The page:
Surrogate mother jailed for harassing judge

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A surrogate mum, who lost a legal battle to keep the child she carried, has been jailed for stalking court officials who forced her to hand the baby over.

Lian Harris, 42, was sent down for 22 weeks by magistrates in Preston for waging a campaign of harassment against a judge and a court welfare officer.

The case highlighted the legal minefield parents can face when surrogacy goes wrong. Even though a surrogate mum would usually have the legal right to change her mind and keep the child, the courts gave custody of Harris’ baby to the couple she was helping.

“It’s very sad when things go wrong,” said an official of the support group Surrogacy UK. “The overwhelming majority go really smoothly.”

The sentence was the latest chapter in a long-running battle with the family court which Harris blamed for denying her custody of the child she gave birth to on behalf of a couple.

Despite having the legal right in Britain to change her mind and keep the child she carried, Harris was forced to hand over the infant to the couple she had been helping to have a family.

The campaign she carried out for more than a year included harassing the judge who made the custody order, protesting outside the homes of politicians and legal bigwigs and also scaling Westminster Cathedral to unfurl a banner proclaiming: “Family courts do evil.”

Despite being handed a suspended prison sentence and a restraining order by a court in Manchester last June, Harris targeted senior court welfare officer Alexandra Sayer and even tried to fasten herself to the second floor balcony of the woman’s home.

Surrogacy UK say the case is the first they have come across where a mother who has carried a baby launched a legal fight to keep it after birth.

“The overwhelming majority of surrogacies go really smoothly and are a good experience for all parties,” said Kate Dobb. “It’s obviously very sad when things go wrong like this.”

Magistrates heard Harris made comments on social media concerning welfare officer Miss Sayer, found out where she lived, visited her home and also disclosed the address online.

After she was disturbed during her balcony stunt, she chained herself to the gates of the property in Lancaster in protest at what she claimed was corruption and bias within the family courts system.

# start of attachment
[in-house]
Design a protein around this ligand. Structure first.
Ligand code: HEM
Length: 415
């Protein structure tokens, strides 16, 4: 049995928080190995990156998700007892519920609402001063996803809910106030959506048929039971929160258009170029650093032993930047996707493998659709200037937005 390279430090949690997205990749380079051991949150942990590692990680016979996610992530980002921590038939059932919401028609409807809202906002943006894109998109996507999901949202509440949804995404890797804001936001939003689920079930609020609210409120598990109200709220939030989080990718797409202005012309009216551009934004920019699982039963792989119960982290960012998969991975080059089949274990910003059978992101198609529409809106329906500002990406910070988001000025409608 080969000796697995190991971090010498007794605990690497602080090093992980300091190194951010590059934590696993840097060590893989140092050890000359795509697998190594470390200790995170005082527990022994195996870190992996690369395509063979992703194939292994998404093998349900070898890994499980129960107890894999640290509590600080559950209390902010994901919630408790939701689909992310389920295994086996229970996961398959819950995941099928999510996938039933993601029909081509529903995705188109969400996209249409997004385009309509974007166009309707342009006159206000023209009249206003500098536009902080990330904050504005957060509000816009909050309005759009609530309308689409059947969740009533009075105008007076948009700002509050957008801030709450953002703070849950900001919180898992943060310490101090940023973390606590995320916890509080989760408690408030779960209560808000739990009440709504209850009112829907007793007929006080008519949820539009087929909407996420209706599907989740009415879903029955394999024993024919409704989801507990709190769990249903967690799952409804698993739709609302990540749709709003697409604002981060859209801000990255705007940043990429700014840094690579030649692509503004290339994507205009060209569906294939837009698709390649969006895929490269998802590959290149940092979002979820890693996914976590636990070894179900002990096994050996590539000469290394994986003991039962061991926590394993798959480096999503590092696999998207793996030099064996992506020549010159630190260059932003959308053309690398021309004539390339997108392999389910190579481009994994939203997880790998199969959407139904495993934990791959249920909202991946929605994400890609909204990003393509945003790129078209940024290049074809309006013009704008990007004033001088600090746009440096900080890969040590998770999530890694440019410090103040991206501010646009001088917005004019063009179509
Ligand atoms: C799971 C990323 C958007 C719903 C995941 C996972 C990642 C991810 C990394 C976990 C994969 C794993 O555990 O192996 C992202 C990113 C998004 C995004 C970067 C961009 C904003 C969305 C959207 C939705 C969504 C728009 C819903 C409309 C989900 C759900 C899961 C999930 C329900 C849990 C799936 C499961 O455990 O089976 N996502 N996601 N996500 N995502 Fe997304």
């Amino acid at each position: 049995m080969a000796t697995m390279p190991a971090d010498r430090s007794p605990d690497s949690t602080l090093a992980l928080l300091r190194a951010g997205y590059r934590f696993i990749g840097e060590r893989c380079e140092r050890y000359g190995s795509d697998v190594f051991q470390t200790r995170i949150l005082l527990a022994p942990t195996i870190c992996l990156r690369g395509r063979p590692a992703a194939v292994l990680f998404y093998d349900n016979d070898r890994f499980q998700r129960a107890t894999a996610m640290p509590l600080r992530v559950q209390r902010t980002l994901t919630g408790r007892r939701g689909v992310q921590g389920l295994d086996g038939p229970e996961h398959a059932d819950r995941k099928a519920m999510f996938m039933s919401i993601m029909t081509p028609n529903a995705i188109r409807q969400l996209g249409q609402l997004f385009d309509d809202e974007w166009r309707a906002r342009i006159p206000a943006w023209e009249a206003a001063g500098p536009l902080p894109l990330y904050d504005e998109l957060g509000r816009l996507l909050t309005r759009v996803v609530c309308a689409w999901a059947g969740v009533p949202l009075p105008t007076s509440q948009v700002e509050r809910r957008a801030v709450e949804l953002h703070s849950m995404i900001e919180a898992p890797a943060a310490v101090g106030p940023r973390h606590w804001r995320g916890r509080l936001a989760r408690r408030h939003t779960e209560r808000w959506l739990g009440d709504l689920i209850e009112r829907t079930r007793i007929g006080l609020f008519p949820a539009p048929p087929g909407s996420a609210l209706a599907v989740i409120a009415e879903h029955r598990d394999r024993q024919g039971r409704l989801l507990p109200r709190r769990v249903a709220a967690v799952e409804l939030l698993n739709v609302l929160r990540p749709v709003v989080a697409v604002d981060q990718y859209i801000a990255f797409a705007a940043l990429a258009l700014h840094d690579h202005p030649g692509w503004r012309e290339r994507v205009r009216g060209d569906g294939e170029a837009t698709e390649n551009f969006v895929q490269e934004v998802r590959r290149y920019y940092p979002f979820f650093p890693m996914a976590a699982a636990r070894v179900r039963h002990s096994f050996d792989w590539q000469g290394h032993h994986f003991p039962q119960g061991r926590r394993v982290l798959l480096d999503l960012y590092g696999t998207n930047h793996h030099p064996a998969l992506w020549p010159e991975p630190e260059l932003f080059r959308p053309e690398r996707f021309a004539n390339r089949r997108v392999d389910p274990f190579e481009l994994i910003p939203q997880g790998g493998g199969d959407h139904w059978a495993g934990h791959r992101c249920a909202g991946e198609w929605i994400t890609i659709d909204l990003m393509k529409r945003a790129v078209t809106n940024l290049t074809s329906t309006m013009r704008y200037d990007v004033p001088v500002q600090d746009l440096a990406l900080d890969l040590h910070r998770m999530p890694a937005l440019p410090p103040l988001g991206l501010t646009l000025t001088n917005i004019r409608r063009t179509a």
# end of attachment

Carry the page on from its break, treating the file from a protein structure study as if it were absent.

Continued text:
Harris, of Ridge Street, Lancaster, is expected to serve only half of her 22-week sentence before being considered for release.

She hit the headlines nationally last summer when she faced charges of stalking and harassment of family court Judge Sarah Singleton at her seven-bedroom home in South Manchester.

Harris had appeared before Judge Singleton months earlier for the baby custody hearing.

The couple, who had come to an agreement with her to hand over the child after its birth, took the case to court after she changed her mind and decided to keep it.

In January 2016 Judge Singleton ruled in their favour and Harris was forced to hand over the baby.

But in June she was in court again, this time in front of Manchester Magistrates, for targeting the judge in such a way that she felt “alarmed and fearful.”

The court heard Harris confronted the judge on her front doorstep and tried to hand her a handwritten note. But the 53-year-old recognised her, slammed the door in panic and called the police.

Later Harris posted a picture of herself outside the house holding a banner which said: “Family courts corrupt to the core - complicit with child abuse.”

She also posted a sarcastic rallying call on Facebook inviting friends to turn out when the judge took part in a sponsored walk and telling them: “Bring an egg or two.”

In a statement to the court Judge Singleton said: “I was alarmed and fearful at being targeted and it has trampled over my right to a family life.

“I am concerned that it has exposed me to other people who intend to harass and molest me, or worse.”

Harris was given a suspended prison sentence and also a lifelong restraining order preventing her from approaching the judge in the future.

Her harassment of Alexandra Sayer was in breach of that suspended sentence and the court in Preston invoked the suspended sentence.

Harris was reported to be a member of the group Stop The War On Dads who well known for carrying out protests which have included a Buckingham Palace security breach and more recently a protest on the balcony at the home of the former London mayor Boris Johnson.

Harris staged a Mother’s Day protest outside the Wiltshire home of Sir James Munby, the head of the family courts, and recently she turned up at the home of children’s minister Edward Timpson in an attempt to hand him a protest letter.